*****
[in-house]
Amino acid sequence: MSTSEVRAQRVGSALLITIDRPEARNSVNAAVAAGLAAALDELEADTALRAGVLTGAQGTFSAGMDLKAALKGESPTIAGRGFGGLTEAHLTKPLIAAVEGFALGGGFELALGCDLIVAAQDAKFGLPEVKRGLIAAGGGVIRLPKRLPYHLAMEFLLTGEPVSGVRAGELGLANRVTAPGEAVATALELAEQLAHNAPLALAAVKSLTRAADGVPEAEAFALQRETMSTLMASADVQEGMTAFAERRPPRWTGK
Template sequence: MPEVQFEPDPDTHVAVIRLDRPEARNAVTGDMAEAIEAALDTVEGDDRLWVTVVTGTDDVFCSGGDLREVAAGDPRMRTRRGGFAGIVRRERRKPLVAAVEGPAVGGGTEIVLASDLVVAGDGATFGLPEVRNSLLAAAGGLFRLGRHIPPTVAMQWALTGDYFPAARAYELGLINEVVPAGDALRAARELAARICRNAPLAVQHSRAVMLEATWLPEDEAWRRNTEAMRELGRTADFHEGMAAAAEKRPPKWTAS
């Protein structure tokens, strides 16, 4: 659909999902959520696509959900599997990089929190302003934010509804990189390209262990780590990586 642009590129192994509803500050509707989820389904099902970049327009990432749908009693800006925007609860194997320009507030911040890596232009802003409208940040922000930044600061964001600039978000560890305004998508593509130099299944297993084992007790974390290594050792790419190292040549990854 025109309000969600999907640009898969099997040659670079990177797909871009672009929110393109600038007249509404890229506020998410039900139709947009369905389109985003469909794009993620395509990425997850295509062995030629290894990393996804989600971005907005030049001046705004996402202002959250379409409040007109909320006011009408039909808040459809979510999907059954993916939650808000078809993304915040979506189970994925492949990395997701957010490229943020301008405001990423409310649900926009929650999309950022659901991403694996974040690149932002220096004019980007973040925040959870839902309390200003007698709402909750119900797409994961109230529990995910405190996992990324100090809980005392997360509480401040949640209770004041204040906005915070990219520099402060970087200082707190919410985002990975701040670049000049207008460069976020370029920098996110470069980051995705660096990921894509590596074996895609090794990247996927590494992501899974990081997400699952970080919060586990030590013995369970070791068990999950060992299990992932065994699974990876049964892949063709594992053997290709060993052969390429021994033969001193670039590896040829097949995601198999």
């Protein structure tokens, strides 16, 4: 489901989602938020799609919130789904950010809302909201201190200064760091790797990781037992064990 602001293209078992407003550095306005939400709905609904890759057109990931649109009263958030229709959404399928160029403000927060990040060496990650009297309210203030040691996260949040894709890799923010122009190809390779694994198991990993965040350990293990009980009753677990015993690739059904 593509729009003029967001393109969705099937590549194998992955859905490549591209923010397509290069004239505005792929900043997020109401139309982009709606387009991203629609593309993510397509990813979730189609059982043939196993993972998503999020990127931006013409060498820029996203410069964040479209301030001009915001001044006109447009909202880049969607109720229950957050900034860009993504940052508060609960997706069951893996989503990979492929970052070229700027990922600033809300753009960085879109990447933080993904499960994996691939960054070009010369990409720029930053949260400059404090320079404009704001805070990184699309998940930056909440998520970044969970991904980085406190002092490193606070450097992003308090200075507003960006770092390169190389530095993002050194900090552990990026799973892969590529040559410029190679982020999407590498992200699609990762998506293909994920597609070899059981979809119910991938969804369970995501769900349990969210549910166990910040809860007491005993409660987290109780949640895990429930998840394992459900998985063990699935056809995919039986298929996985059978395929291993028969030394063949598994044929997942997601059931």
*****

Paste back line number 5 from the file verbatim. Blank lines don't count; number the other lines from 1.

């Protein structure tokens, strides 16, 4: 489901989602938020799609919130789904950010809302909201201190200064760091790797990781037992064990 602001293209078992407003550095306005939400709905609904890759057109990931649109009263958030229709959404399928160029403000927060990040060496990650009297309210203030040691996260949040894709890799923010122009190809390779694994198991990993965040350990293990009980009753677990015993690739059904 593509729009003029967001393109969705099937590549194998992955859905490549591209923010397509290069004239505005792929900043997020109401139309982009709606387009991203629609593309993510397509990813979730189609059982043939196993993972998503999020990127931006013409060498820029996203410069964040479209301030001009915001001044006109447009909202880049969607109720229950957050900034860009993504940052508060609960997706069951893996989503990979492929970052070229700027990922600033809300753009960085879109990447933080993904499960994996691939960054070009010369990409720029930053949260400059404090320079404009704001805070990184699309998940930056909440998520970044969970991904980085406190002092490193606070450097992003308090200075507003960006770092390169190389530095993002050194900090552990990026799973892969590529040559410029190679982020999407590498992200699609990762998506293909994920597609070899059981979809119910991938969804369970995501769900349990969210549910166990910040809860007491005993409660987290109780949640895990429930998840394992459900998985063990699935056809995919039986298929996985059978395929291993028969030394063949598994044929997942997601059931």